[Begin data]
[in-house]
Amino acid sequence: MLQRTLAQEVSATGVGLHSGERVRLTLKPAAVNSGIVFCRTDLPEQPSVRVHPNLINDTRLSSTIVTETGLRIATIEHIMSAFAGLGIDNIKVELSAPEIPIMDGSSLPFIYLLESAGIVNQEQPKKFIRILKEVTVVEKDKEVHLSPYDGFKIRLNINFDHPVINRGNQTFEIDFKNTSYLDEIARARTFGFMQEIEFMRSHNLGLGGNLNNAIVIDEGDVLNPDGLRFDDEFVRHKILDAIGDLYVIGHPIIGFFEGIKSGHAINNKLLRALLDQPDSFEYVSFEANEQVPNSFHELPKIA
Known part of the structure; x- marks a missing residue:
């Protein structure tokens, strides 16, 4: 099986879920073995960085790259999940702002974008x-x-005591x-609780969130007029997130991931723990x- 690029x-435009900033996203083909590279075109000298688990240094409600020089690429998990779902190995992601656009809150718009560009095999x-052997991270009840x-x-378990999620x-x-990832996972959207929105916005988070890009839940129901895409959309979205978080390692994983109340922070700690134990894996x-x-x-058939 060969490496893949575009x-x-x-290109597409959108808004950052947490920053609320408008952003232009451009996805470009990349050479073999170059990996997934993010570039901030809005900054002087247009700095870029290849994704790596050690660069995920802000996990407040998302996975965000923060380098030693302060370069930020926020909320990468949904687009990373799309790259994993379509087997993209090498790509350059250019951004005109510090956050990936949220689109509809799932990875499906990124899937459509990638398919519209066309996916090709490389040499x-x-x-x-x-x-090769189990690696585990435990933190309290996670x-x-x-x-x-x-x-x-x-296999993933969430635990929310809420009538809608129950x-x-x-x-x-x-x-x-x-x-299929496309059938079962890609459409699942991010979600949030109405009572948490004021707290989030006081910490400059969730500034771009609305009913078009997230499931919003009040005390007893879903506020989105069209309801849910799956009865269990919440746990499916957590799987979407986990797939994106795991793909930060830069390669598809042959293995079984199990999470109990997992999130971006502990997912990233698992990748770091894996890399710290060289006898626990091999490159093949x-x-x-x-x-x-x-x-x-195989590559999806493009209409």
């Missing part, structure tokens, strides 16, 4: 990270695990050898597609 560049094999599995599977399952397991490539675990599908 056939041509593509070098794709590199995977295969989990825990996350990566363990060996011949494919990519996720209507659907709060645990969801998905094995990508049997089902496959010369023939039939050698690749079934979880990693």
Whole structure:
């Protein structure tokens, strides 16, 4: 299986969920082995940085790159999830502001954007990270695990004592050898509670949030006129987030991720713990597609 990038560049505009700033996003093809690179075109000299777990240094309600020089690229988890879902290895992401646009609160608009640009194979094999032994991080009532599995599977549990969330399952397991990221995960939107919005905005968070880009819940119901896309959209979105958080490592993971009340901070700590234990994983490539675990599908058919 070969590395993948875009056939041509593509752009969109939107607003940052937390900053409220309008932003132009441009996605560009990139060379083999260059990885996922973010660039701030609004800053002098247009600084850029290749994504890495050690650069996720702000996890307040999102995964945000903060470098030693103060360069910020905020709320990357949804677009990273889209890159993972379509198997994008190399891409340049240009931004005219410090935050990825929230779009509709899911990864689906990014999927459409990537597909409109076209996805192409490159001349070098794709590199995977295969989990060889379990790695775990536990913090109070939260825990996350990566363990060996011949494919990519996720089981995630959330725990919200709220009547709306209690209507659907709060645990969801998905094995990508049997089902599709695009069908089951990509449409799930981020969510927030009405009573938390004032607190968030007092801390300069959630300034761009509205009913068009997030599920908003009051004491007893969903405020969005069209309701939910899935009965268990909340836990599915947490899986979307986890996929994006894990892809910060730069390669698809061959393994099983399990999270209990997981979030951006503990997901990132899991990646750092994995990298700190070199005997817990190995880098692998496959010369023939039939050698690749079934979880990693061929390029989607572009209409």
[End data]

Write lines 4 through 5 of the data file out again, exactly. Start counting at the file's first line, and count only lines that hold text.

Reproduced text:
């Protein structure tokens, strides 16, 4: 099986879920073995960085790259999940702002974008x-x-005591x-609780969130007029997130991931723990x- 690029x-435009900033996203083909590279075109000298688990240094409600020089690429998990779902190995992601656009809150718009560009095999x-052997991270009840x-x-378990999620x-x-990832996972959207929105916005988070890009839940129901895409959309979205978080390692994983109340922070700690134990894996x-x-x-058939 060969490496893949575009x-x-x-290109597409959108808004950052947490920053609320408008952003232009451009996805470009990349050479073999170059990996997934993010570039901030809005900054002087247009700095870029290849994704790596050690660069995920802000996990407040998302996975965000923060380098030693302060370069930020926020909320990468949904687009990373799309790259994993379509087997993209090498790509350059250019951004005109510090956050990936949220689109509809799932990875499906990124899937459509990638398919519209066309996916090709490389040499x-x-x-x-x-x-090769189990690696585990435990933190309290996670x-x-x-x-x-x-x-x-x-296999993933969430635990929310809420009538809608129950x-x-x-x-x-x-x-x-x-x-299929496309059938079962890609459409699942991010979600949030109405009572948490004021707290989030006081910490400059969730500034771009609305009913078009997230499931919003009040005390007893879903506020989105069209309801849910799956009865269990919440746990499916957590799987979407986990797939994106795991793909930060830069390669598809042959293995079984199990999470109990997992999130971006502990997912990233698992990748770091894996890399710290060289006898626990091999490159093949x-x-x-x-x-x-x-x-x-195989590559999806493009209409």
């Missing part, structure tokens, strides 16, 4: 990270695990050898597609 560049094999599995599977399952397991490539675990599908 056939041509593509070098794709590199995977295969989990825990996350990566363990060996011949494919990519996720209507659907709060645990969801998905094995990508049997089902496959010369023939039939050698690749079934979880990693």